The Moscow Village Fête

Moscow Village FeteThe Moscow Village Fête was held again for the ninth year in a row on Saturday 14th September. Curious Russians peering over the wall of the late 19th century Anglican Church on Voznesensky Pereulok in Moscow were bemused to see kids running around with painted faces, food and drink stalls, the resident chaplain, Reverend Dr. Canon Simon Stephens, releasing a bunch of coloured balloons into the autumn sky and adults and children alike enjoying themselves playing silly games, which only the British can invent.

Completed in 1884, St. Andrew’s Church was taken over by the Bolsheviks in 1918 and confiscated by the Soviet Government in 1919. Selection_001The Church tower was used as a machine-gun post during the October Revolution of 1917 and a number of provisional government supporters were shot in the churchyard. Until 1964 when it became a recording studio for the State record company Melodiya, the church and parsonage served as a hostel and partly to accommodate diplomats from Finland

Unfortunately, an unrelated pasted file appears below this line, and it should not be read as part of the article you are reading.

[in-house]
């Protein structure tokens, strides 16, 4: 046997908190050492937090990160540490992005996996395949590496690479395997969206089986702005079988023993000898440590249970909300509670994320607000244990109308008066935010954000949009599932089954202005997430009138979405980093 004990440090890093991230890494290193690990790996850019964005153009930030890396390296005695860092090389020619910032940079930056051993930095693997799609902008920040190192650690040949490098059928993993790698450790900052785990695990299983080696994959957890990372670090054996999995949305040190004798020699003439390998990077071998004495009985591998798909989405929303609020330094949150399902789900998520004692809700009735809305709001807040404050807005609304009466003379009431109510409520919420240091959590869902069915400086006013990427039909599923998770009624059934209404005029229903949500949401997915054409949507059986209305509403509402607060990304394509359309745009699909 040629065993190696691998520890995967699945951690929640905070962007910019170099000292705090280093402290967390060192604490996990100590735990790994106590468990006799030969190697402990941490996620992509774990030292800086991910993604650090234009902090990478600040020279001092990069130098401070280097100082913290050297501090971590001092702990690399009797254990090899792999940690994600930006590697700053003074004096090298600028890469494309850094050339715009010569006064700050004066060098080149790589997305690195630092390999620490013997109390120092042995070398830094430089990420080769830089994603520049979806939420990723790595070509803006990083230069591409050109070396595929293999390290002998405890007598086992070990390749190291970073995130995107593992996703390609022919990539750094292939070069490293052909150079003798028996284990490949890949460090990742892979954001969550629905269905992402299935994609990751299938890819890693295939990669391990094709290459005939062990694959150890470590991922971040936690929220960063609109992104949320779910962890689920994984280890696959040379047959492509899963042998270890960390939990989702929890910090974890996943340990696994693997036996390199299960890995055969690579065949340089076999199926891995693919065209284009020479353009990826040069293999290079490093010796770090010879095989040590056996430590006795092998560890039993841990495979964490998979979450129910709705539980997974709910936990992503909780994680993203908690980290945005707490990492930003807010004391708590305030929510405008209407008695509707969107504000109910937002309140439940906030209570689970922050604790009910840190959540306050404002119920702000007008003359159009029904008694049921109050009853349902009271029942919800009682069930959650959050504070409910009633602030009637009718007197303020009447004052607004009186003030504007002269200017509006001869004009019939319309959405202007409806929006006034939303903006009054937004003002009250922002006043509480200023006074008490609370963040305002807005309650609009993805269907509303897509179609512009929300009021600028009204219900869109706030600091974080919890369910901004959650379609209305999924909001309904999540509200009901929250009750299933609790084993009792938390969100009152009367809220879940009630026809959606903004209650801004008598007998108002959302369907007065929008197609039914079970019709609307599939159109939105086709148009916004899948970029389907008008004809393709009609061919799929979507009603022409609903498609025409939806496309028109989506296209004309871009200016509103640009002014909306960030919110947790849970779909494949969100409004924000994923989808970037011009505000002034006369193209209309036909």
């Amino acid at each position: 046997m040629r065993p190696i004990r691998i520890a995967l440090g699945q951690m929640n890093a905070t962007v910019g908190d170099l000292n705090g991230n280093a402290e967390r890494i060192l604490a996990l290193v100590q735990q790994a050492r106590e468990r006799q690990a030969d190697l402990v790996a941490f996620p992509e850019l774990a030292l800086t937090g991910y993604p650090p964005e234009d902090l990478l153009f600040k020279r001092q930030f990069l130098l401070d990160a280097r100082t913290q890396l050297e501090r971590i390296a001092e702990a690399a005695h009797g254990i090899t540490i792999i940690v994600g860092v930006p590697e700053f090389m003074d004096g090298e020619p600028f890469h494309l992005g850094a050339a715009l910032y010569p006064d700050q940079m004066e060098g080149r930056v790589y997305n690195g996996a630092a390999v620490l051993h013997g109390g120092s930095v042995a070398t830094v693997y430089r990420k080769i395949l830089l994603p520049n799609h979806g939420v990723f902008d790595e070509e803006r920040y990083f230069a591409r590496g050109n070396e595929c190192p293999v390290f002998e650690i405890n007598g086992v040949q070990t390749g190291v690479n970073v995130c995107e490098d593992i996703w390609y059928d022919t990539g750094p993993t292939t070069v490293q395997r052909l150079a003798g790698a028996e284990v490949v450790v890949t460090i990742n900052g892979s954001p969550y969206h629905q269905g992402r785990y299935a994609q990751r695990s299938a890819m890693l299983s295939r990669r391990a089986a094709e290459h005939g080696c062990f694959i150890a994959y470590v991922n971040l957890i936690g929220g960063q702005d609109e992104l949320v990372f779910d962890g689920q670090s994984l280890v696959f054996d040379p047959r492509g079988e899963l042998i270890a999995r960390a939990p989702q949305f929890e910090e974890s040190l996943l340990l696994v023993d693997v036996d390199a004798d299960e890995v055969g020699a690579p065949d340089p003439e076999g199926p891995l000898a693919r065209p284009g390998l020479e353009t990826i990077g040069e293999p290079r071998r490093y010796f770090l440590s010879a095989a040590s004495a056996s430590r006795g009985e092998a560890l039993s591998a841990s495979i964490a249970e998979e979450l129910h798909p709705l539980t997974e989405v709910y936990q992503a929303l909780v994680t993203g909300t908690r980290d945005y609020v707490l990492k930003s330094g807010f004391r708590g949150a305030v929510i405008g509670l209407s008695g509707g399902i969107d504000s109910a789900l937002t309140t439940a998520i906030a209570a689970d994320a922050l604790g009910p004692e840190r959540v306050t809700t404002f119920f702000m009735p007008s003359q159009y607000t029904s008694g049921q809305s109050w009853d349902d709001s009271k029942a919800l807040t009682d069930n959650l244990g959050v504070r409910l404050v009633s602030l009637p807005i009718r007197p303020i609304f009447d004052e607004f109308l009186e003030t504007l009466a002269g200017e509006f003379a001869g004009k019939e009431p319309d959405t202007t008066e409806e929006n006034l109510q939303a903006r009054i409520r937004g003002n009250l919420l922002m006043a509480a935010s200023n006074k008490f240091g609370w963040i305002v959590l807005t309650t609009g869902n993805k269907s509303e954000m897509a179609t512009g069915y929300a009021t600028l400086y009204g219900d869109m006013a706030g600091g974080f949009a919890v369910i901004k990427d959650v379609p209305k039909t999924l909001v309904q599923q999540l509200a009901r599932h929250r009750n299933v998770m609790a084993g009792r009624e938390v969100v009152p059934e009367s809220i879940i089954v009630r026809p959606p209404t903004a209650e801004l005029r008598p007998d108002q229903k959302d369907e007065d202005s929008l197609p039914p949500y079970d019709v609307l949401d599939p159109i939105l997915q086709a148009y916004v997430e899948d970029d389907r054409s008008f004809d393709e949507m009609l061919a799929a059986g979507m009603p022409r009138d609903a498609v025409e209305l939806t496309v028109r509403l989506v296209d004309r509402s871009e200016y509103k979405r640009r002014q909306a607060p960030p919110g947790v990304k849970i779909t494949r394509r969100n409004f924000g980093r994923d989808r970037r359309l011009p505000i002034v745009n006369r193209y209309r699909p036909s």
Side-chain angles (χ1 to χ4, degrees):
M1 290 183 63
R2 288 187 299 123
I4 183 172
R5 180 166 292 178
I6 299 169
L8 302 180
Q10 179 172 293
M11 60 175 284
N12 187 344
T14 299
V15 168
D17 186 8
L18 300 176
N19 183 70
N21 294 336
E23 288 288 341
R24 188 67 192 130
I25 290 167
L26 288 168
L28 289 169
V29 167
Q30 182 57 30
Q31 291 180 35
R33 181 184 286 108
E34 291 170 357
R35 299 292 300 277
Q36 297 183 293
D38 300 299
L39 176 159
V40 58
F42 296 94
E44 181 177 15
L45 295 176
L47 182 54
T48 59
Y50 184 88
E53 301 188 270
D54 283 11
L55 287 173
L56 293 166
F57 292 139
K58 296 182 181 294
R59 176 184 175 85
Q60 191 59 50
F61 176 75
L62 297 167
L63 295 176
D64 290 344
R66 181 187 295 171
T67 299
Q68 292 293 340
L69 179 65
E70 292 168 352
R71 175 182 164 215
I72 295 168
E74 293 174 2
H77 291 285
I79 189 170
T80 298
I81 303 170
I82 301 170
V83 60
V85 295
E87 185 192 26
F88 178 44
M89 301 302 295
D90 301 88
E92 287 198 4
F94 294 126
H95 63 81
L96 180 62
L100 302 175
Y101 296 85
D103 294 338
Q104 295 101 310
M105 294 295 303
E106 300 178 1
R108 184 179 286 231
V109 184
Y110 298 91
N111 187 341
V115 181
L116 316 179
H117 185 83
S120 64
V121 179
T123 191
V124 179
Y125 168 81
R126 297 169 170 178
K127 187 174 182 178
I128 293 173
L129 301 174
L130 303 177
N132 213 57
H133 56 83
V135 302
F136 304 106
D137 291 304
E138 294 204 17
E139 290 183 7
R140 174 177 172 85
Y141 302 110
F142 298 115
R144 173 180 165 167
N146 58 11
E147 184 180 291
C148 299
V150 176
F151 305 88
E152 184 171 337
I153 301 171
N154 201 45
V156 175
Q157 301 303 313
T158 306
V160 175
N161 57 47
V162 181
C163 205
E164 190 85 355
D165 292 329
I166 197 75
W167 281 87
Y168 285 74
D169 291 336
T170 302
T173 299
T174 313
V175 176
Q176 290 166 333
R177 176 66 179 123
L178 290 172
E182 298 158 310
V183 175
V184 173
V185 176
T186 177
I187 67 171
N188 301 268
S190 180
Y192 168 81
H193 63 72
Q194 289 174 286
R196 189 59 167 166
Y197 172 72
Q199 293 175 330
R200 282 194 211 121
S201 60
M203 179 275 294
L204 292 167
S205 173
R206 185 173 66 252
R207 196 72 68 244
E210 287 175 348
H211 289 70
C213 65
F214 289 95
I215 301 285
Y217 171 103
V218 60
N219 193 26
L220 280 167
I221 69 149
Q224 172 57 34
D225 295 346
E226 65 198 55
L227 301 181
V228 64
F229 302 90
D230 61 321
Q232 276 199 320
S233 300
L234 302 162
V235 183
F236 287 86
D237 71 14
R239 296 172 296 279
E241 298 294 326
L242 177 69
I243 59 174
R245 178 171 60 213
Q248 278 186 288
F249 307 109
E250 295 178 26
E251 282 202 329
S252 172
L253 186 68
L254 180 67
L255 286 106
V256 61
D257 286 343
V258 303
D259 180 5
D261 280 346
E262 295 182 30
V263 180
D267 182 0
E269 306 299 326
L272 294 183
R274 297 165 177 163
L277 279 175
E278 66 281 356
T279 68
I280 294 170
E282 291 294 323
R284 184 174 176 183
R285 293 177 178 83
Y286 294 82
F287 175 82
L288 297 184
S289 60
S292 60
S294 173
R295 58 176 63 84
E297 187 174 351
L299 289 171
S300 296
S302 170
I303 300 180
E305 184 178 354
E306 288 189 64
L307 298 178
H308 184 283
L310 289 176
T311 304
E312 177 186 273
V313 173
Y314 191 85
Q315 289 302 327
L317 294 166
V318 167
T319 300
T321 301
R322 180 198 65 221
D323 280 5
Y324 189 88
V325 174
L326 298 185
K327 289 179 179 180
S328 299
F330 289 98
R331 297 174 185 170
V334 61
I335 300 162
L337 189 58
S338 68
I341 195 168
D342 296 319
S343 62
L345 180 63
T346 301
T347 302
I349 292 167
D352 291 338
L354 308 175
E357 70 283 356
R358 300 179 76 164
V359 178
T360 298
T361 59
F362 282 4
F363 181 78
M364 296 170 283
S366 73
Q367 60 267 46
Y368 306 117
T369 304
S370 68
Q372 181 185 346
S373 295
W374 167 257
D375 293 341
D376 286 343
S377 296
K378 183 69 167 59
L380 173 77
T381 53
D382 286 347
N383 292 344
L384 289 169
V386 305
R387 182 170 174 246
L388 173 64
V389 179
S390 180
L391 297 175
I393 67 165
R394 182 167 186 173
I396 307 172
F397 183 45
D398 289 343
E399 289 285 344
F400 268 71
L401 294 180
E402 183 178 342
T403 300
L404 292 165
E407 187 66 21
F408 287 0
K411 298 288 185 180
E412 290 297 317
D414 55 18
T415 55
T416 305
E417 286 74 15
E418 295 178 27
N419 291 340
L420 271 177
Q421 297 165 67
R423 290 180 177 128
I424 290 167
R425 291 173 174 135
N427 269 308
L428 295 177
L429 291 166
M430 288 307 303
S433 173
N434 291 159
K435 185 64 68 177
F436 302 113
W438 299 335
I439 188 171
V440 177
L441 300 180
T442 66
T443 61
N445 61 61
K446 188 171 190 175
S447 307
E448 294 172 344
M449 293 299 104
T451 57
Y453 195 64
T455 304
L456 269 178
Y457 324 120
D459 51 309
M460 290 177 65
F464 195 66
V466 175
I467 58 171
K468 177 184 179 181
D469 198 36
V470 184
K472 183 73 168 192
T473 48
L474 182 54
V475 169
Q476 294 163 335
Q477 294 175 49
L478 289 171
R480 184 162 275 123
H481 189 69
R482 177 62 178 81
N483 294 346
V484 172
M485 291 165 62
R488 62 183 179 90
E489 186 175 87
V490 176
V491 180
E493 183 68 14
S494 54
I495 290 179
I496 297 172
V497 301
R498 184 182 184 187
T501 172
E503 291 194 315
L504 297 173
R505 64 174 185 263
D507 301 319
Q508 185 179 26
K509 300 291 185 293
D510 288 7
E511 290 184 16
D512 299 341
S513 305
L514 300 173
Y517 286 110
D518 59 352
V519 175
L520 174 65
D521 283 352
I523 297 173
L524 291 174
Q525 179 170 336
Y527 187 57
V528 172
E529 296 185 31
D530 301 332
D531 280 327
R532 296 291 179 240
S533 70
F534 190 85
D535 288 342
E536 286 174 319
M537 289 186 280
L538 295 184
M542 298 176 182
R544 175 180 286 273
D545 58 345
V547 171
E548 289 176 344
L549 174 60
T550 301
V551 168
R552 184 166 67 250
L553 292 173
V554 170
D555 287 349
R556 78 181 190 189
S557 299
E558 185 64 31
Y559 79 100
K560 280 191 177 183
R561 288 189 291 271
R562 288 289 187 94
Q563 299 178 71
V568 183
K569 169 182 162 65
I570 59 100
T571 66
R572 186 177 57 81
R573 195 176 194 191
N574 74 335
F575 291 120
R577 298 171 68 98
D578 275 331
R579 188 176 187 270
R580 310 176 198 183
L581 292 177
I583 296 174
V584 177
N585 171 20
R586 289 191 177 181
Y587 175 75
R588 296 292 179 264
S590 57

and Estonia. Following the visit of
Queen Elizabeth II in 1994 the
church was officially allowed to
return to its original purpose
as a place of religious
worship, although, with
the exception of the 
parsonage, property 
rights have not been 
reassigned and remain
 with the Russian State.

Proceeds from the 
fête were donated to
 the church restoration 
fund and the Taganka Childrens Fund in
 equal proportions.
 This tradition is now well established and will certainly continue next year.